But, how does the middle deck deal with both extremes in a meta? An honor murder deck isn’t viable unless it can murder an honor runner. Natural meta reaction is to give up on honor murder if everyone becomes enamored with running, which is its own problem. But, let’s say that honor murder remains viable. Then middlers have to deal with even more race to the bottom.
It might have been interesting if the range for honor was like 0 to 15 and clans started at like 8. The range from 0 to 25 is vast and calls for especially swingy effects. I guess this is a serious, ultracompetitive CCG, so players adapt and run enough cards to not have the extremes win before you can break dance, plus the extremeys run enough break dancing to have game.
Other than the honor thing, and the offensive tournament rules (apparently standard for FFG because … I have no idea why companies hate so much on players playing things that are supposed to be fun), I don’t really have a problem with the game, based on my vast and near infinite play experience. Maybe I’ll hate more later.
Because other topics aren’t likely to generate enough inspiration for their own posts because somebody is the antipithy master, a quick comment about RPG modules.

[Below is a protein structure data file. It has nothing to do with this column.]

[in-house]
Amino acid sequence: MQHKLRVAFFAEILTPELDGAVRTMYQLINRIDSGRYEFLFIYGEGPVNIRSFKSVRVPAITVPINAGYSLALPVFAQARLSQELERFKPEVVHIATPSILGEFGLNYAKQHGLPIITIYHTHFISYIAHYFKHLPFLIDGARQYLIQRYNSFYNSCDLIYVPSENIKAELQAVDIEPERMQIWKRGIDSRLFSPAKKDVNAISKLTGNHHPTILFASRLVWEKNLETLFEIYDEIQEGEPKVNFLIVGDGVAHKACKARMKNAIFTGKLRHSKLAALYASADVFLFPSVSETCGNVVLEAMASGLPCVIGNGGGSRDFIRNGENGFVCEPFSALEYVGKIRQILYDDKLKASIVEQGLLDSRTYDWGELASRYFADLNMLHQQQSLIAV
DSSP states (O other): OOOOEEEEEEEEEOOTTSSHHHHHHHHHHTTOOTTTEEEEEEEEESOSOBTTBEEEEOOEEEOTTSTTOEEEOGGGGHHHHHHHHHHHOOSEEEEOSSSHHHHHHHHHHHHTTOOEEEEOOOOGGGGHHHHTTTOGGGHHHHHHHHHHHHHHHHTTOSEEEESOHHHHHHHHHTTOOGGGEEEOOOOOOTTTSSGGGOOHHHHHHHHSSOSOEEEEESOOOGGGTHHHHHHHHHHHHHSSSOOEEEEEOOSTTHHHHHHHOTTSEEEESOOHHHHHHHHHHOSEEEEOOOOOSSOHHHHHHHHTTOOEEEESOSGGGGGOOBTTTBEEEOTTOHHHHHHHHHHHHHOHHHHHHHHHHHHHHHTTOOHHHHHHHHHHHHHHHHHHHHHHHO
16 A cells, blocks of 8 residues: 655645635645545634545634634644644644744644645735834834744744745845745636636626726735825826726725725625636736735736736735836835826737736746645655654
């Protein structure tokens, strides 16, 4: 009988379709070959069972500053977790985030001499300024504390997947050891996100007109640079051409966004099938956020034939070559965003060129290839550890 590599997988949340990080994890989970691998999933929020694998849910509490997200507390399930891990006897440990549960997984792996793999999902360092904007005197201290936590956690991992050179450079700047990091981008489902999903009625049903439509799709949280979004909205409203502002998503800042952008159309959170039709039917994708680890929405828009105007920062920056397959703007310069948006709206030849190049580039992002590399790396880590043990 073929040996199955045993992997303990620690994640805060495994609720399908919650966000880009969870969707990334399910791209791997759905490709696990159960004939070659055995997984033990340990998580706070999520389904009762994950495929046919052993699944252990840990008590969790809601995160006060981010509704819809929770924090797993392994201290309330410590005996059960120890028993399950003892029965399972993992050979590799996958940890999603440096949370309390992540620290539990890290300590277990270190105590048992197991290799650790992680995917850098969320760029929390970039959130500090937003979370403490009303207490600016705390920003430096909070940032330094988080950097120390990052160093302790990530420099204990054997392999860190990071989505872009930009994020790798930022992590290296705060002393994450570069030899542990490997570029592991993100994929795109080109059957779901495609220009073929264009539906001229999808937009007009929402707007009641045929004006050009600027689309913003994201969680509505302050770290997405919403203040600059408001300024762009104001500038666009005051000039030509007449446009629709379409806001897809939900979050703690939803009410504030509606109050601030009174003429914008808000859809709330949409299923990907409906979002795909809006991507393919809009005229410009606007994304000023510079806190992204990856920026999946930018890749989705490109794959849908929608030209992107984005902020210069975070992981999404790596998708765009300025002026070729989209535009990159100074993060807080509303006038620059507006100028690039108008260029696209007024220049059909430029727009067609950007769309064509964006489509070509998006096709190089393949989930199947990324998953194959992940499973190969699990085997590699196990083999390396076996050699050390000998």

I keep looking at my D&D, AD&D modules from like the 80s, and I am mostly pained. I realized I despise the layout. Contrast with HoR mods. HoR mods have a story with admittedly limited rails. These old mods have dungeons with treasure and monsters just incomprehensibly allocated to provide challenges largely of three types: traps, beef fights, special ability fights. I guess I can comment more on things like UK1 some day, but I just wanted to throw out that I actually kind of like I2, Tomb of the Lizard King. Oh, I have no idea whether it works mechanically, but it feels like there’s something more than rolling on random dungeon tables for monsters and treasures. Ironically, for the serious dungeon crawling group, it has a major fail in that it isn’t remotely clear how you move to the end of the adventure. I suppose a real DM will notice and put stairs on level 2 going down.
May have been something else, but I think that’s good for now. Got to finish up my Dragon deck, figure out what splash to do for the third of my test decks. Of course, if those three are my test decks, what’s “my” deck going to be? Crab? Crane is too … Craney. Phoenix may be too Phoenixy. You know, Unicorn does actually have a few cards I like. Courtier/monk, honor runner it is.